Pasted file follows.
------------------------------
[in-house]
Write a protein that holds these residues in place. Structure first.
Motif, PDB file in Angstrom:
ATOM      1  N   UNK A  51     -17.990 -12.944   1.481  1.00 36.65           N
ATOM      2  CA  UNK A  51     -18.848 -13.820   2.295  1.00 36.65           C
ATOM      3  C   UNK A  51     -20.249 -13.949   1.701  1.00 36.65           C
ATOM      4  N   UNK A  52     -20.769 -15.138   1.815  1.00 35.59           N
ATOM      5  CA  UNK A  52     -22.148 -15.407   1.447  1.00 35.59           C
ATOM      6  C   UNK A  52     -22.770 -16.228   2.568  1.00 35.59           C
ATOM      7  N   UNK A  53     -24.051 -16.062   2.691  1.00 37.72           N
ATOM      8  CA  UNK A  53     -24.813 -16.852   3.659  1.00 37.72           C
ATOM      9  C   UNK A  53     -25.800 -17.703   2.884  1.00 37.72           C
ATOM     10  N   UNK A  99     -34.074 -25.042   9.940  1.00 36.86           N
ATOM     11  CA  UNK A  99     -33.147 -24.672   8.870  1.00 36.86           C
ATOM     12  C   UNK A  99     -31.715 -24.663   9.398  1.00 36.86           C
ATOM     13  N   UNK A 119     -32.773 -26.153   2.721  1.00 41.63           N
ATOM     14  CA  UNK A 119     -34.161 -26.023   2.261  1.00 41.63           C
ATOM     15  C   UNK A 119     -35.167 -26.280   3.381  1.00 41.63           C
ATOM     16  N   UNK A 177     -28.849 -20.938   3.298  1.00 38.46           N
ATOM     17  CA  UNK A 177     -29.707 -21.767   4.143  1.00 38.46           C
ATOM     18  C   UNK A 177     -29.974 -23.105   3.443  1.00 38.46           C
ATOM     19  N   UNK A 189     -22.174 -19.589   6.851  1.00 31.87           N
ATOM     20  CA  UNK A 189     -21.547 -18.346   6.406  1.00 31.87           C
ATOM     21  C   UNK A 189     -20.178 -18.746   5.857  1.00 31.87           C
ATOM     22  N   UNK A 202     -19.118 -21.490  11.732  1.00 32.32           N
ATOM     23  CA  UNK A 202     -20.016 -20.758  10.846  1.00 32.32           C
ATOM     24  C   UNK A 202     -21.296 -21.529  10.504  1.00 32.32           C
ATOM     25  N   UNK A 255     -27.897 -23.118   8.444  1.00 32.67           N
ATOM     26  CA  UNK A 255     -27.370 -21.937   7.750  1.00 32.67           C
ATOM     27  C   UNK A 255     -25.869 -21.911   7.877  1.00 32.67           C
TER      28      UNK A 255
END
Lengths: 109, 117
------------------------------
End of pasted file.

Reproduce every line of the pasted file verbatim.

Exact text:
[in-house]
Write a protein that holds these residues in place. Structure first.
Motif, PDB file in Angstrom:
ATOM      1  N   UNK A  51     -17.990 -12.944   1.481  1.00 36.65           N
ATOM      2  CA  UNK A  51     -18.848 -13.820   2.295  1.00 36.65           C
ATOM      3  C   UNK A  51     -20.249 -13.949   1.701  1.00 36.65           C
ATOM      4  N   UNK A  52     -20.769 -15.138   1.815  1.00 35.59           N
ATOM      5  CA  UNK A  52     -22.148 -15.407   1.447  1.00 35.59           C
ATOM      6  C   UNK A  52     -22.770 -16.228   2.568  1.00 35.59           C
ATOM      7  N   UNK A  53     -24.051 -16.062   2.691  1.00 37.72           N
ATOM      8  CA  UNK A  53     -24.813 -16.852   3.659  1.00 37.72           C
ATOM      9  C   UNK A  53     -25.800 -17.703   2.884  1.00 37.72           C
ATOM     10  N   UNK A  99     -34.074 -25.042   9.940  1.00 36.86           N
ATOM     11  CA  UNK A  99     -33.147 -24.672   8.870  1.00 36.86           C
ATOM     12  C   UNK A  99     -31.715 -24.663   9.398  1.00 36.86           C
ATOM     13  N   UNK A 119     -32.773 -26.153   2.721  1.00 41.63           N
ATOM     14  CA  UNK A 119     -34.161 -26.023   2.261  1.00 41.63           C
ATOM     15  C   UNK A 119     -35.167 -26.280   3.381  1.00 41.63           C
ATOM     16  N   UNK A 177     -28.849 -20.938   3.298  1.00 38.46           N
ATOM     17  CA  UNK A 177     -29.707 -21.767   4.143  1.00 38.46           C
ATOM     18  C   UNK A 177     -29.974 -23.105   3.443  1.00 38.46           C
ATOM     19  N   UNK A 189     -22.174 -19.589   6.851  1.00 31.87           N
ATOM     20  CA  UNK A 189     -21.547 -18.346   6.406  1.00 31.87           C
ATOM     21  C   UNK A 189     -20.178 -18.746   5.857  1.00 31.87           C
ATOM     22  N   UNK A 202     -19.118 -21.490  11.732  1.00 32.32           N
ATOM     23  CA  UNK A 202     -20.016 -20.758  10.846  1.00 32.32           C
ATOM     24  C   UNK A 202     -21.296 -21.529  10.504  1.00 32.32           C
ATOM     25  N   UNK A 255     -27.897 -23.118   8.444  1.00 32.67           N
ATOM     26  CA  UNK A 255     -27.370 -21.937   7.750  1.00 32.67           C
ATOM     27  C   UNK A 255     -25.869 -21.911   7.877  1.00 32.67           C
TER      28      UNK A 255
END
Lengths: 109, 117